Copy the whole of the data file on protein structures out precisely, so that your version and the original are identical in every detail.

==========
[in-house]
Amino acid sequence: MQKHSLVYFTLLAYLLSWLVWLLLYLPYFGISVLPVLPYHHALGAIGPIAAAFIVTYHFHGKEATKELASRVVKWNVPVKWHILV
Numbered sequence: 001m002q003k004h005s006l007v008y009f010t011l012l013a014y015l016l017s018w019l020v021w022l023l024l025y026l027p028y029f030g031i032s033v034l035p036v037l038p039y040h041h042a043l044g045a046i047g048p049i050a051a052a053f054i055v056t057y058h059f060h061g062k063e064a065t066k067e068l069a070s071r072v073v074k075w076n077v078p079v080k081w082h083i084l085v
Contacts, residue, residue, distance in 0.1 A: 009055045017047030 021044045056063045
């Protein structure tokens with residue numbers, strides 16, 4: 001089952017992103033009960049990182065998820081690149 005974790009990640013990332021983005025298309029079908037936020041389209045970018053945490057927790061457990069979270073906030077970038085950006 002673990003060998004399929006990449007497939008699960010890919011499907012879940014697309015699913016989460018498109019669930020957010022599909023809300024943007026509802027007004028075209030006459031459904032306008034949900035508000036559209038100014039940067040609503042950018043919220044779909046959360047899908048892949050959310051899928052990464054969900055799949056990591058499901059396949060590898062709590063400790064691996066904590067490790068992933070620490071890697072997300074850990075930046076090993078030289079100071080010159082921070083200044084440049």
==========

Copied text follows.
[in-house]
Amino acid sequence: MQKHSLVYFTLLAYLLSWLVWLLLYLPYFGISVLPVLPYHHALGAIGPIAAAFIVTYHFHGKEATKELASRVVKWNVPVKWHILV
Numbered sequence: 001m002q003k004h005s006l007v008y009f010t011l012l013a014y015l016l017s018w019l020v021w022l023l024l025y026l027p028y029f030g031i032s033v034l035p036v037l038p039y040h041h042a043l044g045a046i047g048p049i050a051a052a053f054i055v056t057y058h059f060h061g062k063e064a065t066k067e068l069a070s071r072v073v074k075w076n077v078p079v080k081w082h083i084l085v
Contacts, residue, residue, distance in 0.1 A: 009055045017047030 021044045056063045
């Protein structure tokens with residue numbers, strides 16, 4: 001089952017992103033009960049990182065998820081690149 005974790009990640013990332021983005025298309029079908037936020041389209045970018053945490057927790061457990069979270073906030077970038085950006 002673990003060998004399929006990449007497939008699960010890919011499907012879940014697309015699913016989460018498109019669930020957010022599909023809300024943007026509802027007004028075209030006459031459904032306008034949900035508000036559209038100014039940067040609503042950018043919220044779909046959360047899908048892949050959310051899928052990464054969900055799949056990591058499901059396949060590898062709590063400790064691996066904590067490790068992933070620490071890697072997300074850990075930046076090993078030289079100071080010159082921070083200044084440049």